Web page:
## Expand description

`primal`

puts raw power into prime numbers.

This crates includes

- optimised prime sieves
- checking for primality
- enumerating primes
- factorising numbers
- estimating upper and lower bounds for π(
*n*) (the number of primes below*n*) and*p*(the_{k}*k*th prime)

This uses a state-of-the-art cache-friendly Sieve of Eratosthenes to enumerate the primes up to some fixed bound (in a memory efficient manner), and then allows this cached information to be used for things like enumerating and counting primes.

`primal`

takes around 2.8 seconds and less than 3MB of RAM to
count the exact number of primes below 10^{10} (455052511)
on my laptop (i7-3517U).

## Using this library

Just add the following to your `Cargo.toml`

:

```
[dependencies]
primal = "0.2"
```

## Examples

### “Indexing” Primes

Let’s find the 10001st prime. The easiest way is to enumerate the primes, and find the 10001st:

```
// (.nth is zero indexed.)
let p = primal::Primes::all().nth(10001 - 1).unwrap();
println!("The 10001st prime is {}", p); // 104743
```

This takes around 400 microseconds on my computer, which seems
nice and quick, but, `Primes`

is flexible at the cost of
performance: we can make it faster. The `StreamingSieve`

type
offers a specialised `nth_prime`

function:

```
let p = primal::StreamingSieve::nth_prime(10001);
println!("The 10001st prime is {}", p); // 104743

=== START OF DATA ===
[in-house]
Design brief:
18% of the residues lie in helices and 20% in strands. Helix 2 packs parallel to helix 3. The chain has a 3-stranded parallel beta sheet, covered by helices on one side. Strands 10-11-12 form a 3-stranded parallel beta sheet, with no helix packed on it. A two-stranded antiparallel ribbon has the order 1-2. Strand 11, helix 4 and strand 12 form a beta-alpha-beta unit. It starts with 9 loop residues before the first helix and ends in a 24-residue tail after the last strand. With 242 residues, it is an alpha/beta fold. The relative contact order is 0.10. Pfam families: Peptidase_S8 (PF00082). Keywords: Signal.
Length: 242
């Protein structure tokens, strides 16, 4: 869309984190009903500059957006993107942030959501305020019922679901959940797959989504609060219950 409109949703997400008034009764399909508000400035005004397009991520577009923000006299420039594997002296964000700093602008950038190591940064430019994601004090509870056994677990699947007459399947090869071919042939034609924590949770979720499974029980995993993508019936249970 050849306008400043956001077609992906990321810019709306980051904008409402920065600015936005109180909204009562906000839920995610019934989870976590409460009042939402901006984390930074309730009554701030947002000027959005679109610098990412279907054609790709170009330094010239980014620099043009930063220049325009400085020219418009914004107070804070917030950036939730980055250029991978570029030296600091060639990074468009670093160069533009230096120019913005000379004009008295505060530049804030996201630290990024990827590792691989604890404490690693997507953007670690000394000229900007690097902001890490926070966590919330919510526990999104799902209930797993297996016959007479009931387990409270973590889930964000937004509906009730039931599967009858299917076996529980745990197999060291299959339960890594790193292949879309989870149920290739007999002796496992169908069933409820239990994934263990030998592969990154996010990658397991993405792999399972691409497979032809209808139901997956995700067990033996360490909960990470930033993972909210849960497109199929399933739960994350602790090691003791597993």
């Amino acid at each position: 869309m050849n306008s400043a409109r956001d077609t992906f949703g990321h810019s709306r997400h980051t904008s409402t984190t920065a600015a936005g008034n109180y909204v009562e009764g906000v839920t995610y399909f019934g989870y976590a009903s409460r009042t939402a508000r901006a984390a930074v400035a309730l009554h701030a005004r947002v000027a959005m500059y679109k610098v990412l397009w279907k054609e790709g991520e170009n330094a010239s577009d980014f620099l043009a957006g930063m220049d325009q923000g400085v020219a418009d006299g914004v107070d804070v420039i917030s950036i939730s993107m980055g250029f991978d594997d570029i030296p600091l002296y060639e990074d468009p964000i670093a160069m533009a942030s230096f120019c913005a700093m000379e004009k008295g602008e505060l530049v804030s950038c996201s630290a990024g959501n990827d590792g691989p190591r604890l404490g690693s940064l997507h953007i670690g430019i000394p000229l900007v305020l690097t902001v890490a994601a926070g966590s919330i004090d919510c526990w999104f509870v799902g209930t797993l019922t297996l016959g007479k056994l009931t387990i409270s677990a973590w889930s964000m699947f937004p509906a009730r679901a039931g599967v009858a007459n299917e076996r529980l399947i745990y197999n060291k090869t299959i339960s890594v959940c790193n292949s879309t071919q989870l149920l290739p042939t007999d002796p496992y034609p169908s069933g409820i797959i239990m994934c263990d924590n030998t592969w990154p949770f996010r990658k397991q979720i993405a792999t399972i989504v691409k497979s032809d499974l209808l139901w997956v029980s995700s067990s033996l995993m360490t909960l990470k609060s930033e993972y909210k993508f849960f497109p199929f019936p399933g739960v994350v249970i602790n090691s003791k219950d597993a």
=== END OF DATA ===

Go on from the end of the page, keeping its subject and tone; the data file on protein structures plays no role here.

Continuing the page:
```

This runs in only 10 microseconds! `StreamingSieve`

is extremely
efficient and uses very little memory. It is the best way to solve
this task with `primal`

.

Since that was so easy, let’s now make the problem bigger and harder: find the sum of the 100,000th, 200,000th, 300,000th, …, 10,000,000th primes (100 in total).

We could call `StreamingSieve::nth_prime`

repeatedly:

```
// the primes we want to find
let ns = (1..100 + 1).map(|x| x * 100_000).collect::<Vec<_>>();
// search and sum them up
let sum = ns.iter()
.map(|n| primal::StreamingSieve::nth_prime(*n))
.fold(0, |a, b| a + b);
println!("the sum is {}", sum);
```

This takes around 1.6s seconds to print `the sum is 8795091674`

;
not so speedy. Each call to `nth_prime`

is individually fast (400
microseconds for 100,000 to 40 milliseconds for 10,000,000) but
they add up to something bad. Every one is starting from the start
and redoing work that previous calls have done… wouldn’t it be
nice if we could just do the computation for 10,000,000 and reuse
that for the smaller ones?

The `Sieve`

type is a wrapper around `StreamingSieve`

that
caches information, allowing repeated queries to be answered
efficiently.

There’s one hitch: `Sieve`

requires a limit to know how far to
sieve: we need some way to find an upper bound to be guaranteed to
be at least as large as all our primes. We could guess that, say,
10^{10} will be large enough and use that, but that’s a
huge overestimate (spoilers: the 10,000,000th prime is around
2×10^{8}). We could also try filtering with
exponentially larger upper bounds until we find one that works
(e.g. doubling each time), or, we could just take a shortcut and
use deeper mathematics via
`estimate_nth_prime`

.

```
// the primes we want to find
let ns = (1..100 + 1).map(|x| x * 100_000).collect::<Vec<_>>();
// find our upper bound
let (_lo, hi) = primal::estimate_nth_prime(10_000_000);
// find the primes up to this upper bound
let sieve = primal::Sieve::new(hi as usize);
// now we can efficiently sum them up
let sum = ns.iter()
.map(|n| sieve.nth_prime(*n))
.fold(0u64, |a, b| a + b as u64);
println!("the sum is {}", sum);
```

This takes around 40 milliseconds, and gives the same output: much better!

(By the way, the version using 10^{10} as the bound
instead of the more accurate estimate still only takes ~3
seconds.)

### Counting Primes